How will you measure the value?

If you can’t measure it, don’t bother to claim it. Even when you’re dealing with non-traditional value, you must be able to measure it. Time savings can be measured by monitoring improvements in transaction times. Improvements in business continuity can be measured by time elapsed since the last failure event. We can count the number of fraudulent cases detected and calculate the length of time that has elapsed from the fraudulent act to detection. An increase in productivity or throughput can be measured by counting the number of transactions processed per unit of time. A customer’s value perception can be measured through quick and simple online surveys. You must be able to measure the value, and sometimes this requires an immense amount of creativity on your part!

Decide on your key performance indicators (KPIs)

Why do you need key performance indicators? The KPIs will be your way of demonstrating the value of your product. Since you want to deliver value either to your customers or to the company, your KPIs should be aligned with the goals of your business. KPIs let you communicate the value of your product in terms that your co-workers and leaders can easily understand. Use the SMART criteria to help make your KPIs a valuable tool for both your product and your business.

Specific. What, specifically, will your product achieve? For example:

  • Reduce inbound phone calls by 20%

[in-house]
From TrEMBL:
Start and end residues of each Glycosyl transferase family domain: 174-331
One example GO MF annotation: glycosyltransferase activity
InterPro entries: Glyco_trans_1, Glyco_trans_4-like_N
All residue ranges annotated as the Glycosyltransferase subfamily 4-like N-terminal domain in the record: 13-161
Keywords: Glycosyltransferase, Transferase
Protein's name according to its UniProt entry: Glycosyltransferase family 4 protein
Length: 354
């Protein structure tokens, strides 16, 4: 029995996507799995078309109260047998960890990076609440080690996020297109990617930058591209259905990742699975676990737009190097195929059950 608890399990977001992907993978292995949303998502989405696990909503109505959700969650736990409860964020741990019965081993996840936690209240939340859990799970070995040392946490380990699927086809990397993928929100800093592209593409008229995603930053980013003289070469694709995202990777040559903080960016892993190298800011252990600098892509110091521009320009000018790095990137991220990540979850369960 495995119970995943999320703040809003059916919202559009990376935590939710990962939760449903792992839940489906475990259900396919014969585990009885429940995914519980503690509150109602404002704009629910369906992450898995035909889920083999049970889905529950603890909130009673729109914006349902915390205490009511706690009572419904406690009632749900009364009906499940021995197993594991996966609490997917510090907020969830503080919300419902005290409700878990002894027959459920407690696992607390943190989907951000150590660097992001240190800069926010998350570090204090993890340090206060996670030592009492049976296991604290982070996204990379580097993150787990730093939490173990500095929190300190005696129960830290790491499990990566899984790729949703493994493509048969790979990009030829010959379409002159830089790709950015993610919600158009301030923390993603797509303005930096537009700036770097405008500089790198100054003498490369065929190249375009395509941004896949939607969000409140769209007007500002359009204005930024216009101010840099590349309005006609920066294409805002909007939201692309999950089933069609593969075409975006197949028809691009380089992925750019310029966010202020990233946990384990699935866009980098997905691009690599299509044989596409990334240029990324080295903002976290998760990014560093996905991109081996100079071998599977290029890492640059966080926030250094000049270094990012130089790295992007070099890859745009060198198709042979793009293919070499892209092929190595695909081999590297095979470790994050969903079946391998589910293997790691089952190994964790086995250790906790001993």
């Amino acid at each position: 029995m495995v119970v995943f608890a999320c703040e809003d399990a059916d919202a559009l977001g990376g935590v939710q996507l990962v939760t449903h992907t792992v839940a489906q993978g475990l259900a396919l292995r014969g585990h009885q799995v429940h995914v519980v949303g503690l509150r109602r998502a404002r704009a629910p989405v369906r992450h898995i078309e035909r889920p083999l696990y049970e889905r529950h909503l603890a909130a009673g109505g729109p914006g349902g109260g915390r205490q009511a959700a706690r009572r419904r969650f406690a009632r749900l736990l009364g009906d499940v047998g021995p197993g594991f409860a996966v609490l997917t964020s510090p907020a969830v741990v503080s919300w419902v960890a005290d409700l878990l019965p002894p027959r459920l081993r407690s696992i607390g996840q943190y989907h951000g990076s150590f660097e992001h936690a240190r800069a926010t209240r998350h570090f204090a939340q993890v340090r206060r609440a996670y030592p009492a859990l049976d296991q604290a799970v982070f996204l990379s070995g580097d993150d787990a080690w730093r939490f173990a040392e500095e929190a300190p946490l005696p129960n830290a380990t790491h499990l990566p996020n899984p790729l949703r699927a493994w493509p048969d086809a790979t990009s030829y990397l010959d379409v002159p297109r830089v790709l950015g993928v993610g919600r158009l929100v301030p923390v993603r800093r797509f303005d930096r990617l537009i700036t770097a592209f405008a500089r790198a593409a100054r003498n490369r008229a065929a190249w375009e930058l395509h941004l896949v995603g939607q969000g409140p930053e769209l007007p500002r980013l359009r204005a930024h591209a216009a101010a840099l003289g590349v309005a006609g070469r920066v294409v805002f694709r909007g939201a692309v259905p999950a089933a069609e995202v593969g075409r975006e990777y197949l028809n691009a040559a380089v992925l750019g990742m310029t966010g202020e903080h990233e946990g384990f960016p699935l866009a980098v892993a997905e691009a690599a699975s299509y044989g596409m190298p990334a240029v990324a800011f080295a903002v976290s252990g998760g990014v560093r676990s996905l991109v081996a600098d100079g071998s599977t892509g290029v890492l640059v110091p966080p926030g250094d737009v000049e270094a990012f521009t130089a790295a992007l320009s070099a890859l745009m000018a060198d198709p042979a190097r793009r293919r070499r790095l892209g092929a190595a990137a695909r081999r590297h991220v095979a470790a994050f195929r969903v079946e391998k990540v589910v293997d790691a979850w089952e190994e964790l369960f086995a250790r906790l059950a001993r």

• Reduce mailing costs by $10,000
  • Generate 30,000 completed transactions

Measurable. How, exactly, will you measure your progress?

  • Reduce inbound phone calls by 20% (measured by monitoring inbound call report)
  • Reduce mailing costs by $10,000 (measured by analyzing mailing cost expenditures)
  • Generate 30,000 completed transactions (measured by system data)

Attainable. It’s great to be aggressive when defining your goals, but they do need to have a reasonable chance of being achieved. Measures that you or your team have no chance of attaining are bad for your morale and the morale of your team. Unrealistic goals also undermine the confidence that your leaders have in your ability to deliver results. When you formulate your measures, estimate the benefit your product will provide. What is reasonable? For example, you are not likely to eliminate all phone calls; however, is it reasonable to reduce them by 20 percent? The answer depends on your customer demographics, how entrenched their phone habits are, and how much functionality your product can replace. After thorough research and testing, often you are left making an informed guess.

Relevant. Your KPIs need to matter. If no one in your organization cares about reducing inbound phone calls, will anyone care when you meet that goal? By aligning your product KPIs to the goals of your business, you ensure that your measures are relevant. Examples of relevant KPIs would be an overall reduction in inbound phone calls, or a desire to reduce mailing costs.

Time-specific. In agile software development, we often talk about getting rid of timelines and letting the team focus. But with KPIs, your audience needs to know when you will achieve the results. What’s the general time frame? For example:

  • Reduce inbound phone calls by 20% in the first month
  • Reduce mailing costs by $10,000 in the first year
  • Generate 30,000 completed transactions per month